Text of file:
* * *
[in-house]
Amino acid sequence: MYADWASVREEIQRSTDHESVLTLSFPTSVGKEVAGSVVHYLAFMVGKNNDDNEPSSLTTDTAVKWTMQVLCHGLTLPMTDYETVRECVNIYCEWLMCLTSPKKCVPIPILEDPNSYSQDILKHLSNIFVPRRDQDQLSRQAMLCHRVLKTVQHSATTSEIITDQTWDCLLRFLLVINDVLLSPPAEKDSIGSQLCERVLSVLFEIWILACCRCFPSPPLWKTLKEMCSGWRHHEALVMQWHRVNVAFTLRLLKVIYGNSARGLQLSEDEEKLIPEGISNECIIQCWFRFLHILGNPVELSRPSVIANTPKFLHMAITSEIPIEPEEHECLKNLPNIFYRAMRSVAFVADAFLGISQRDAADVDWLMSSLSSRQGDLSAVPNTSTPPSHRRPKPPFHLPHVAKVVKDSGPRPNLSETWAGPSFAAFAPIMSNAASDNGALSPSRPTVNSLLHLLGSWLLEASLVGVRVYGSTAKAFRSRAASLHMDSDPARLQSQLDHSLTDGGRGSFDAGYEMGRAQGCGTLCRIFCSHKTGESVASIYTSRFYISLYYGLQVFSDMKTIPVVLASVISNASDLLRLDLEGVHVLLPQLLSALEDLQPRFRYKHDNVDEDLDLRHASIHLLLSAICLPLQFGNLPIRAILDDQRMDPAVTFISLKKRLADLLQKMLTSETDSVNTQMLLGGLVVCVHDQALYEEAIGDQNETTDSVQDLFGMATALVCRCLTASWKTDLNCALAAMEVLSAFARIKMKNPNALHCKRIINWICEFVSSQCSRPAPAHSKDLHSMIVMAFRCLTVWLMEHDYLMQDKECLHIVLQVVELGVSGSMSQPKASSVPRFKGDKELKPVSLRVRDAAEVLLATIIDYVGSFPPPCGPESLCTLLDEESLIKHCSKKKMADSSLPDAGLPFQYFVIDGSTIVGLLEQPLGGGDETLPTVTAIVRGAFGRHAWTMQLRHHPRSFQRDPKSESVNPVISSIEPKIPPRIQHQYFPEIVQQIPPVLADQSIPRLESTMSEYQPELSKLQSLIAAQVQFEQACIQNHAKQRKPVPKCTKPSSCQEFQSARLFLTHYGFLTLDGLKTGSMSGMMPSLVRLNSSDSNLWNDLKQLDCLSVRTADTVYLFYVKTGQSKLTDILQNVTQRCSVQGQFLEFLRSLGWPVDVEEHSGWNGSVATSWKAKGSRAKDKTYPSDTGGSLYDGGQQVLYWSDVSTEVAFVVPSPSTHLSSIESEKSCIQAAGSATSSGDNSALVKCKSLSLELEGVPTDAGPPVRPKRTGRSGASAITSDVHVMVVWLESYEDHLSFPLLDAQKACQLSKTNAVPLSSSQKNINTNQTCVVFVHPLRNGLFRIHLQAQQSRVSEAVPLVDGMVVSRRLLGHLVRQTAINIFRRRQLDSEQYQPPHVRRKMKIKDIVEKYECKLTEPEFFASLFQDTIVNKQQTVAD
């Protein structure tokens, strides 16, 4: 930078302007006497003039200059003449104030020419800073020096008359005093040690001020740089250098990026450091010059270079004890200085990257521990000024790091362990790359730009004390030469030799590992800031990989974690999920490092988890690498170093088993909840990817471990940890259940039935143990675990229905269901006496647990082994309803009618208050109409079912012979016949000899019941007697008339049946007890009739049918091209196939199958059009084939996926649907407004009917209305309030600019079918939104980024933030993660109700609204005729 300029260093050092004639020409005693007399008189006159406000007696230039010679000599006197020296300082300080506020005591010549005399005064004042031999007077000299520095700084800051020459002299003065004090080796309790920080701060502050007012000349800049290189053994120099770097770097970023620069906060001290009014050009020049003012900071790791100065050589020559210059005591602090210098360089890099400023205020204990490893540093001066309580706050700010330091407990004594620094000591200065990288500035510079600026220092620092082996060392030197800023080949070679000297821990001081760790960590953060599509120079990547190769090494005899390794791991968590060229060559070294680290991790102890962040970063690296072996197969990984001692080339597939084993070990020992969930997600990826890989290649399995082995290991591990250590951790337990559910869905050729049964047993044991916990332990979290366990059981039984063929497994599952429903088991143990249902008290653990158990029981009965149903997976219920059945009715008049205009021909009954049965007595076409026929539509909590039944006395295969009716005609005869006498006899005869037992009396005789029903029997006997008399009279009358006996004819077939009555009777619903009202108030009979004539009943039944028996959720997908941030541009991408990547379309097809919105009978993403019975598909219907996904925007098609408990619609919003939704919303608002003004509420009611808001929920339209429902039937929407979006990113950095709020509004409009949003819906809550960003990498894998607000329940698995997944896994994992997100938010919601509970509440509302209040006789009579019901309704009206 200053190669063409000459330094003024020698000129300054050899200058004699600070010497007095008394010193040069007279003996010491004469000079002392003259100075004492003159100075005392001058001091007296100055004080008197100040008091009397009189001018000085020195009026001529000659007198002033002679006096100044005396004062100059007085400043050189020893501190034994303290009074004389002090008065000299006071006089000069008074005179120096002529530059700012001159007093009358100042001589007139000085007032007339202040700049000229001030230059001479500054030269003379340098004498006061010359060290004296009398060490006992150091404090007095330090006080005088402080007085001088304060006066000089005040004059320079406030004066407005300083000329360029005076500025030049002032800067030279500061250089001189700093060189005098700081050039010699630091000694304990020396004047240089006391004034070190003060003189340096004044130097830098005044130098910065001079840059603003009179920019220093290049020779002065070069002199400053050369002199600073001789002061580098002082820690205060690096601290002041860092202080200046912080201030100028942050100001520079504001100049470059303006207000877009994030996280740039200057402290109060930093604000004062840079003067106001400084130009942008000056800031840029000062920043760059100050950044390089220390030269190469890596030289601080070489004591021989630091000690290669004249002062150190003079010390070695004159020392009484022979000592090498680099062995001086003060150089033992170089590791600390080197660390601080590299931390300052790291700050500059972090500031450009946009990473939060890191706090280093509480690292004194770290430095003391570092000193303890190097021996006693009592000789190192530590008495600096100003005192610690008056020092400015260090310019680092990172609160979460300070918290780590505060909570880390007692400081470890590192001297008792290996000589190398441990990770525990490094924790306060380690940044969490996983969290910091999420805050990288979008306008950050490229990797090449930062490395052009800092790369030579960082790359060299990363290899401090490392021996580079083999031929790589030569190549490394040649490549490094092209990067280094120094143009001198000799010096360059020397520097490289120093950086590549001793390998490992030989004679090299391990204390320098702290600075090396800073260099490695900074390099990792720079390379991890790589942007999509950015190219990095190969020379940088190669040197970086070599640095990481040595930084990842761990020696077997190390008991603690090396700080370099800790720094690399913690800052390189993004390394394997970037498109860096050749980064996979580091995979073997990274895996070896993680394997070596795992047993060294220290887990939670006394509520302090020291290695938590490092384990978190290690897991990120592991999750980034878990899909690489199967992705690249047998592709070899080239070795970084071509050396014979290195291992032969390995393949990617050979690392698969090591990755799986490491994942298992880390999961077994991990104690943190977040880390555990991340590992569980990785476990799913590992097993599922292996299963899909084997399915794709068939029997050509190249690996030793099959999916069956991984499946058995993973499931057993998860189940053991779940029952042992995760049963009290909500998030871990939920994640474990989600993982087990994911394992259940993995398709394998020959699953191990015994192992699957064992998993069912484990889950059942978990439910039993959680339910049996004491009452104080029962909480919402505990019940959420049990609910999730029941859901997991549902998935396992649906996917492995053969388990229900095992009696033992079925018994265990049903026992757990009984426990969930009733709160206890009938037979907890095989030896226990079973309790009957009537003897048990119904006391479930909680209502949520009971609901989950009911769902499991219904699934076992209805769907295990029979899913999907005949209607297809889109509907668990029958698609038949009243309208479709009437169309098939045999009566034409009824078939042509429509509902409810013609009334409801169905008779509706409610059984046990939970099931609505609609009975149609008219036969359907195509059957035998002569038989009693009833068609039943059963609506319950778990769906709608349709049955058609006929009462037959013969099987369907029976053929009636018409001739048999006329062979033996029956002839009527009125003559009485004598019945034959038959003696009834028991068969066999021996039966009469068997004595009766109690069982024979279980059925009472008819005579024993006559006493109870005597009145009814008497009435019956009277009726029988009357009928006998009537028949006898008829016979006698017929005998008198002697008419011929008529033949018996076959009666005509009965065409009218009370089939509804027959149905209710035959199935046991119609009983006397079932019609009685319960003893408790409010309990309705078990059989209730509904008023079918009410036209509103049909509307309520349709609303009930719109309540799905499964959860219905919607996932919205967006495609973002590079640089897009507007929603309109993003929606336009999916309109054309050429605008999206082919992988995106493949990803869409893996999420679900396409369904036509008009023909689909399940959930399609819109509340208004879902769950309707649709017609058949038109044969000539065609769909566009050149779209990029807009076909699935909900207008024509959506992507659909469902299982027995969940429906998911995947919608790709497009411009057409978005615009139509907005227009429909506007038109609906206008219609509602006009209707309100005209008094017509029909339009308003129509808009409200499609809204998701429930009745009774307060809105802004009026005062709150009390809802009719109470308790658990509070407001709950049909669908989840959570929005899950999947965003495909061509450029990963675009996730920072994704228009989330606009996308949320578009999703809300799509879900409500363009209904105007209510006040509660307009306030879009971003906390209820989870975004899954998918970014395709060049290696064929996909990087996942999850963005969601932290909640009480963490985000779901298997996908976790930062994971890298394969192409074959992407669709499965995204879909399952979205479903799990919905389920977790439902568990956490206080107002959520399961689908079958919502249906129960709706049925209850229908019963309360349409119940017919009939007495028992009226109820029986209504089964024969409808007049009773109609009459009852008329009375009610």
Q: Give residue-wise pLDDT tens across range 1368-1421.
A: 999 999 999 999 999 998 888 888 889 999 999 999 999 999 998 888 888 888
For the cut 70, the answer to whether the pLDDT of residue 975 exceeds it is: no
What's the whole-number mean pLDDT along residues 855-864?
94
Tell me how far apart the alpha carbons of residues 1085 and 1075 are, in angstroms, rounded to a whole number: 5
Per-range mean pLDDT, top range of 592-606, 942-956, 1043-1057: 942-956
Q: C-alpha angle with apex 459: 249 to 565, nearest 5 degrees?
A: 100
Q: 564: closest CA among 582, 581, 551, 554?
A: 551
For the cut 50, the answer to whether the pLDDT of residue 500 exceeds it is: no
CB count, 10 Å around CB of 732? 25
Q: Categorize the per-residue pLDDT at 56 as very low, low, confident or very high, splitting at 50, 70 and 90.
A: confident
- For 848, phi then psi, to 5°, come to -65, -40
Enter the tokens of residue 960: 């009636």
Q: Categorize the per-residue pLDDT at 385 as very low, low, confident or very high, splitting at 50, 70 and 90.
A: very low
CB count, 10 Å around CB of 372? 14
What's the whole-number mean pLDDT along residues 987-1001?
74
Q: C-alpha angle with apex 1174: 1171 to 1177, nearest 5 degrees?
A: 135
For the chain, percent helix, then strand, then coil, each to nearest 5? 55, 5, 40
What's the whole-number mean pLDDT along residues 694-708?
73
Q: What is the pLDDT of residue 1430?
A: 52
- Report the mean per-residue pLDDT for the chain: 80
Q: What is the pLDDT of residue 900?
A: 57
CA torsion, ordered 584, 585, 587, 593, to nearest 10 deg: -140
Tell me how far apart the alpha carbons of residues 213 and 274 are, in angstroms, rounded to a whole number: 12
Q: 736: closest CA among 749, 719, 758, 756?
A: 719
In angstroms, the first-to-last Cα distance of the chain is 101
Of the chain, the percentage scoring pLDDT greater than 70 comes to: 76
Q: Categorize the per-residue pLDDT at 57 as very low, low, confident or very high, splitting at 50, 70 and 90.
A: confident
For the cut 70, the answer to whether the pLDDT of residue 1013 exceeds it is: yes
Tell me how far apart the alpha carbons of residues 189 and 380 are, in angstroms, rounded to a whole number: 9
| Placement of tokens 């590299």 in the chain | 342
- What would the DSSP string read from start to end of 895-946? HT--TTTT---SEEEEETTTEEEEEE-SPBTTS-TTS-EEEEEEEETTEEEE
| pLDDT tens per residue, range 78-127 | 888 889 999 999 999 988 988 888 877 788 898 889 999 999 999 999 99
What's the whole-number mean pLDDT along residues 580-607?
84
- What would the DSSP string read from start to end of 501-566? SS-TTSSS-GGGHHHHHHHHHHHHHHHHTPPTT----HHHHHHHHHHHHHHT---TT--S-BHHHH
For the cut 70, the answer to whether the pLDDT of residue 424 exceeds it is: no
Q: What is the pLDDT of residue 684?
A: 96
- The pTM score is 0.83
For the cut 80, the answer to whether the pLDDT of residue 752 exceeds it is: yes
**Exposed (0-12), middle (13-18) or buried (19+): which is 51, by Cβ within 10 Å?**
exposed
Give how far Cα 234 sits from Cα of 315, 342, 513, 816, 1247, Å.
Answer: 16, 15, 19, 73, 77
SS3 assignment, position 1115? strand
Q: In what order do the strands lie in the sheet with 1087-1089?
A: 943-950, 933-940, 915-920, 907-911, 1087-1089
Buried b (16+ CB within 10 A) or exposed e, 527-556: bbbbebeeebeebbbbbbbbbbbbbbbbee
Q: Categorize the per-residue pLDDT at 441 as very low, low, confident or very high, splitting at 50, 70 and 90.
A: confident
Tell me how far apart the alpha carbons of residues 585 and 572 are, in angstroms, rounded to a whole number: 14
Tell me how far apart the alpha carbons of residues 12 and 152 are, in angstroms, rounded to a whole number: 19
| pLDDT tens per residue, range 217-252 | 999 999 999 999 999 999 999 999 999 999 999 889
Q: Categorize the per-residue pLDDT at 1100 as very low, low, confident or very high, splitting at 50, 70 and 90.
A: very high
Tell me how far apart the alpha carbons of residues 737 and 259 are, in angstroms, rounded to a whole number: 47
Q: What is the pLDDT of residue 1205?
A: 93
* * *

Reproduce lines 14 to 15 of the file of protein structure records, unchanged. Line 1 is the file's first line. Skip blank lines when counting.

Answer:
A: 551
For the cut 50, the answer to whether the pLDDT of residue 500 exceeds it is: no